Three and a half decades after she watched her mother and father selflessly toil in Valley fields for their small family, Leng Power’s dedication to our community has never been greater.
“At the core, we all want belonging and happiness,” she reflected. “What we do with our time is very important. My mother is no longer with us, but I want to hold the guiding force of her life beside me, honoring her, all the while building something for my daughters.”
Jac Ham says
Feel as if I got to know Ms. Power, thanks.
Keith A Ensminger says
THE ROOT MATTERS says
Ms. Leng Power offers more than her own life history, she points to a better way to belong within our Valley communities.
Leng speaks to optimism and commitment to giving to others in the face of the trauma of hardship.
She shows us the beauty of the Cambodian community’s being ‘very communal’ so they could rely on one another for what they needed.
Leng offers how her community saw one another as ‘a collective whole’ that ‘wanted to help one another’ – not only within the family unit, but they ‘reached out to those who did not have information or resources’, even b ‘beyond their own community’ – ‘those who are disinfranchised’ by ‘systemic oppression’.
She spoke of having a resilient spirit and talking about maintaining resiliency and imbuing into her children the strength of thinking and acting with such.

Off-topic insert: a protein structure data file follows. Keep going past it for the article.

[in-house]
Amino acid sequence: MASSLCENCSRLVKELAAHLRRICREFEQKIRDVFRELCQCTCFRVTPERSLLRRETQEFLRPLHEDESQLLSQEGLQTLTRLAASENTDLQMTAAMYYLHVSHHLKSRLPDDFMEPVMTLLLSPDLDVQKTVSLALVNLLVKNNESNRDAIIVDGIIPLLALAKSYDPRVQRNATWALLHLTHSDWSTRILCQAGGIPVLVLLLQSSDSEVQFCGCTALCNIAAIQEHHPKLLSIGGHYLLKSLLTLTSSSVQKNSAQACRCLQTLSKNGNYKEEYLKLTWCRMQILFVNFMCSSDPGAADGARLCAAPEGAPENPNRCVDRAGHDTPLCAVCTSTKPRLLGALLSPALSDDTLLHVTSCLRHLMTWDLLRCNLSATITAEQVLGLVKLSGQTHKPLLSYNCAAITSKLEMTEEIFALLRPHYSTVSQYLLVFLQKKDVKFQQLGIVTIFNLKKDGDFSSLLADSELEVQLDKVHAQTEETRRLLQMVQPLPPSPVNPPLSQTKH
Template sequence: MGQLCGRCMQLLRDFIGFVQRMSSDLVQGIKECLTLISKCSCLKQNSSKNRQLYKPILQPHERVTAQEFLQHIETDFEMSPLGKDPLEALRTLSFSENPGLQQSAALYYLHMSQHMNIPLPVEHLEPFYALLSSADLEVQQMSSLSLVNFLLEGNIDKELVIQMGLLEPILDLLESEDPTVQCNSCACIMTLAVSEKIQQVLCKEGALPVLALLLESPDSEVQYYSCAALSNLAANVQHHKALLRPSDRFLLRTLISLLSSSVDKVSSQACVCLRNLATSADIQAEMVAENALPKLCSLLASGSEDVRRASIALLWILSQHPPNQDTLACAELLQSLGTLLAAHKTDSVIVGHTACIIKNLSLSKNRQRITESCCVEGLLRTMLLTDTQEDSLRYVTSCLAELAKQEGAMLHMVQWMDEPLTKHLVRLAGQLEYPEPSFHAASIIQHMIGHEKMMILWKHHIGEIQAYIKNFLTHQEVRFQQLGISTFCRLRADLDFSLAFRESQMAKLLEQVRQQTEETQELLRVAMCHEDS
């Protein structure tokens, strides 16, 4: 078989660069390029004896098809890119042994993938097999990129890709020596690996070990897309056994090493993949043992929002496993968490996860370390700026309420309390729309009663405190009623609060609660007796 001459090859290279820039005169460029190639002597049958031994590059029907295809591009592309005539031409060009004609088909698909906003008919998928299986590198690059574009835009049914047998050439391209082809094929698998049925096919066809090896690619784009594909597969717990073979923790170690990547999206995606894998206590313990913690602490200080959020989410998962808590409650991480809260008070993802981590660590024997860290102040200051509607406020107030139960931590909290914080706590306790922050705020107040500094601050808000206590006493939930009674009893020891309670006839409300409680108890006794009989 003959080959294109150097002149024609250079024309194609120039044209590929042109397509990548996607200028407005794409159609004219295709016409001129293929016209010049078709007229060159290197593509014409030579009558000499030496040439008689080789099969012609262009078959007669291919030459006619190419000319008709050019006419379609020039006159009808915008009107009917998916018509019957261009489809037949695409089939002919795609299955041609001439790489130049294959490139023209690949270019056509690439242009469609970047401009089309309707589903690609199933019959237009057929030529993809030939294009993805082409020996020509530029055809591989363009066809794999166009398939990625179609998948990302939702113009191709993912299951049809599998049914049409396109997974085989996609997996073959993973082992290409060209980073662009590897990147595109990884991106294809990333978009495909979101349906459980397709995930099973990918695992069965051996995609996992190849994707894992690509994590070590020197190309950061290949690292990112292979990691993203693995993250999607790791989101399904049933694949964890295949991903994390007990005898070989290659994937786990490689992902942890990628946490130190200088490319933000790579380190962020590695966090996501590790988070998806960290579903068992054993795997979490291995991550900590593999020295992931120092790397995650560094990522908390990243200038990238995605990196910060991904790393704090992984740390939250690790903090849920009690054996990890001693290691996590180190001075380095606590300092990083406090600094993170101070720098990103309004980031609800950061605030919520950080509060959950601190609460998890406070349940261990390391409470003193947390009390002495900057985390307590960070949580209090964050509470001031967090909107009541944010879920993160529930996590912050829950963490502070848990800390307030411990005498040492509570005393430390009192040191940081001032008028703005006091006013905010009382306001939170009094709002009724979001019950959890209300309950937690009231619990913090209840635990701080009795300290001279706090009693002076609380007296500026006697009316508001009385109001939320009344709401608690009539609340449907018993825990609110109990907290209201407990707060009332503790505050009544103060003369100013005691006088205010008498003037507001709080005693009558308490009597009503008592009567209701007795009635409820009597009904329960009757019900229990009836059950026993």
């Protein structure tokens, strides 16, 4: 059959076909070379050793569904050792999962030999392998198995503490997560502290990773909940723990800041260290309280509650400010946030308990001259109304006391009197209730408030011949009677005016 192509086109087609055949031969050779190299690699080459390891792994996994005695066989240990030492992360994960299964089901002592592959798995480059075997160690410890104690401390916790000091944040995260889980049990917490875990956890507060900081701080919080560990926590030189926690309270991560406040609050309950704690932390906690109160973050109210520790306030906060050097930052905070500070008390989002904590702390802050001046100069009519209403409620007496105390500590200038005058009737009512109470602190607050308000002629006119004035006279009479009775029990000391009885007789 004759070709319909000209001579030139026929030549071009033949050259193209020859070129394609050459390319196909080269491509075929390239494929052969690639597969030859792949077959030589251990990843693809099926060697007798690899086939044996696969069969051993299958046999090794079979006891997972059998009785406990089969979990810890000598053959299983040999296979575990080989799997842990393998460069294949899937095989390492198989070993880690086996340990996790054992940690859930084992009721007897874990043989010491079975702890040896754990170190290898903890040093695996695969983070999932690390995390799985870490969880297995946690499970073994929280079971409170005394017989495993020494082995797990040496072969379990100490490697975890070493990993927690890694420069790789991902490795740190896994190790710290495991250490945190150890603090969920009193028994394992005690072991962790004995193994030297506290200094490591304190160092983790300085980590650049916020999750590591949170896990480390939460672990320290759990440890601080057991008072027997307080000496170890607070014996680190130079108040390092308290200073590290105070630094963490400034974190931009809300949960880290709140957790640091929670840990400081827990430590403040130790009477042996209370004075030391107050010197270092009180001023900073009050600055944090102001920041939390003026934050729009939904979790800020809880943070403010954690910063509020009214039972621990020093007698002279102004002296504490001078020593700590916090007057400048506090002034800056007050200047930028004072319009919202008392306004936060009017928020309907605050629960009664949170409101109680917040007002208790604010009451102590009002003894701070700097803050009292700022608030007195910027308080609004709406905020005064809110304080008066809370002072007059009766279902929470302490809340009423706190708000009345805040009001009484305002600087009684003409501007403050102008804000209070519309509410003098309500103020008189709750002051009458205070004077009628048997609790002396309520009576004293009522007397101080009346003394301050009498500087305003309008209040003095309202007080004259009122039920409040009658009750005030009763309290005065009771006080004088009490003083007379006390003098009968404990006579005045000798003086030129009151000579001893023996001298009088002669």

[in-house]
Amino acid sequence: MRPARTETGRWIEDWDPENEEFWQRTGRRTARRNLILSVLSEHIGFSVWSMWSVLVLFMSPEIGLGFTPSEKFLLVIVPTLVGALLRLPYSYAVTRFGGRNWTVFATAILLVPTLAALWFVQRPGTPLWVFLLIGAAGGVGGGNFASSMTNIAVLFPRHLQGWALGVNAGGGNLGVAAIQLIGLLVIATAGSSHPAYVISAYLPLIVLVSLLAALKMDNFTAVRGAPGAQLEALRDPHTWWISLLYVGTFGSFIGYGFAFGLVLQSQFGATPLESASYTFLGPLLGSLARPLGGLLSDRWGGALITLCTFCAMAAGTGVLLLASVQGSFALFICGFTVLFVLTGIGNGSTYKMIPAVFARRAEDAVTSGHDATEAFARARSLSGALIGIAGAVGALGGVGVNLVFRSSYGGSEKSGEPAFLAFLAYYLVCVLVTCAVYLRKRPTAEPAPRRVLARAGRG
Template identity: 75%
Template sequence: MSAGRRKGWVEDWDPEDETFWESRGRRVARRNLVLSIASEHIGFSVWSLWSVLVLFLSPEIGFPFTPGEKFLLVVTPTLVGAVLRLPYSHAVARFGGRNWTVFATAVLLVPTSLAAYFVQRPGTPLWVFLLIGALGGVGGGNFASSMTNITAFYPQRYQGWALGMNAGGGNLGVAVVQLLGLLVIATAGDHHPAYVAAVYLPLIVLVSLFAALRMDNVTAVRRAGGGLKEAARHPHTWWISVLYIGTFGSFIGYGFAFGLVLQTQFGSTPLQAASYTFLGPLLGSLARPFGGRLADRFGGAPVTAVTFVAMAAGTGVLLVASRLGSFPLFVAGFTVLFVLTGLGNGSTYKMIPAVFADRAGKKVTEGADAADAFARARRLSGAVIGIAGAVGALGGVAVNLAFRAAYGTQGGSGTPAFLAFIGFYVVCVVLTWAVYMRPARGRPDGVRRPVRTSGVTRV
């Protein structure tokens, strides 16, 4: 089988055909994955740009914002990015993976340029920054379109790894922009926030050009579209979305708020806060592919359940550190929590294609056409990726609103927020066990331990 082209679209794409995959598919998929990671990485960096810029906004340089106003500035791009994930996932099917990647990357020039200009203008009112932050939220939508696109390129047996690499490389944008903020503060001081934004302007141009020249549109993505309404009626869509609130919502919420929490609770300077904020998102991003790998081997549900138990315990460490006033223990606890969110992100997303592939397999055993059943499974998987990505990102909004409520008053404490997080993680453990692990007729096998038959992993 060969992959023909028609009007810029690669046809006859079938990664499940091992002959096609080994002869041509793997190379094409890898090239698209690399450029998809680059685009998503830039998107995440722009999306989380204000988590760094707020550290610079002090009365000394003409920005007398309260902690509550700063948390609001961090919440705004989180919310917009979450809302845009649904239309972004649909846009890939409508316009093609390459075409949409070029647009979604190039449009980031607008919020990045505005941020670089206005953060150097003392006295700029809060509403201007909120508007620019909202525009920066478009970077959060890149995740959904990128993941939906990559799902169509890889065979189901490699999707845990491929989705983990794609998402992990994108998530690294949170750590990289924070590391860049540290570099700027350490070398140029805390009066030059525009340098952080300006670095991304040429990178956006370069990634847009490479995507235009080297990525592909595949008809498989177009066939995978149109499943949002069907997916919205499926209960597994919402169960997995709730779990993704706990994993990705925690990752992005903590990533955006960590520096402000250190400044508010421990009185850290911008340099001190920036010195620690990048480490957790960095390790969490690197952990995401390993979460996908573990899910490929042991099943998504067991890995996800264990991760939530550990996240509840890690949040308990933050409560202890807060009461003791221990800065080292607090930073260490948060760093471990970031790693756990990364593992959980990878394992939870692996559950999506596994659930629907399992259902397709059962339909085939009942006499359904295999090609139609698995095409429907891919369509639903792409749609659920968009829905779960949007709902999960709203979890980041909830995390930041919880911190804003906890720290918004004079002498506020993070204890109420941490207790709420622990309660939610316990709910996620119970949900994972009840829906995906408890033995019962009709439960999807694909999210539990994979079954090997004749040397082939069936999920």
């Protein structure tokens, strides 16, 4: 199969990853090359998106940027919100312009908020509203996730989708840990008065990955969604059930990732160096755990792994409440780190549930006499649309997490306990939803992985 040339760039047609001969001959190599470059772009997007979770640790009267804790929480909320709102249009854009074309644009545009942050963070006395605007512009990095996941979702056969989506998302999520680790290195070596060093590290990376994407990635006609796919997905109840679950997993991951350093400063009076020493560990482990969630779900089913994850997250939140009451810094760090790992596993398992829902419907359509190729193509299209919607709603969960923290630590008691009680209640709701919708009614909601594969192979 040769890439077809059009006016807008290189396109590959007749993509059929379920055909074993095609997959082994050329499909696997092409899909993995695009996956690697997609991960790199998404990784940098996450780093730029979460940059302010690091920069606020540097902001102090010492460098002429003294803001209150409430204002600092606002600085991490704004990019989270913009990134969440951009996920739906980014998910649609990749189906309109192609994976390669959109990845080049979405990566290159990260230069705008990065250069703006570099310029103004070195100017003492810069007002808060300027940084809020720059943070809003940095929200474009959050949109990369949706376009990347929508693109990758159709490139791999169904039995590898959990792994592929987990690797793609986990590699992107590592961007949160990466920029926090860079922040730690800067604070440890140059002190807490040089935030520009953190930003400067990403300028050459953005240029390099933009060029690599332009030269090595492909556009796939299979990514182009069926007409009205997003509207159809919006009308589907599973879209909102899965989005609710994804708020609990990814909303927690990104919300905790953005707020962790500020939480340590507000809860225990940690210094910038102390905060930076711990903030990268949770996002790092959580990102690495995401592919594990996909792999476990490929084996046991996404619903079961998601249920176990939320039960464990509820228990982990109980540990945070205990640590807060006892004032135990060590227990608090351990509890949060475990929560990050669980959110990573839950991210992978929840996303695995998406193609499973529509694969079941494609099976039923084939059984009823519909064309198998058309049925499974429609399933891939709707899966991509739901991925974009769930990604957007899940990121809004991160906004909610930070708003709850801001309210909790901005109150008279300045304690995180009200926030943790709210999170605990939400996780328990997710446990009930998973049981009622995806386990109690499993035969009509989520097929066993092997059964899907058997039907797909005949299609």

Leng speaks of always remembering these roots, and taking meaningful steps, so as to preserve the cultural values she recognizes as necessary.
She speaks of volunteering much of her spare time within the community.
Leng spent atleast five (5) years on a project, collecting and documenting stories of homeless people living within our community, which she identifies as ‘a good thing’, because the broader community realized that ‘homelessness is such a crucial issue’.
She speaks of another project, she and others initiated at a Forum she is a member of, that explored ‘unconscious bias’ and ‘how’ unconscious bias shows up ‘in the workplace’ and ‘within other systems’.
All Leng shared with us, within this Valley, also a system, has great value, IF Valley Citizens take it to heart and allow it to tenderize our hearts. We can be very hard hearted and be unconscious to the biases we hold towards those who remain homeless.
Some of us are conscious of our bias but do not know what to do to rid our biases, Even worse, some of us know we are biased and want to remain proud of the error of our ways.
Perhaps, we could ask Leng Power to initiate a consciousness raising project that would help us see the unconscious bias we hold in our hearts towards the homeless.
Creation care calls out to our need for a community breakthrough toward a shared collective heart for the homeless.
Rather than being proud individualists, lets become humble and inclusive.
There is so much more we can do together, rather than, standing alone in our selfish cocoons of very little worth to anyone, not even ourselves. Is self centeredness really what we want to keep instilling into our community?
We pray not…
Leng has a workable alternative, and you can keep your own religion.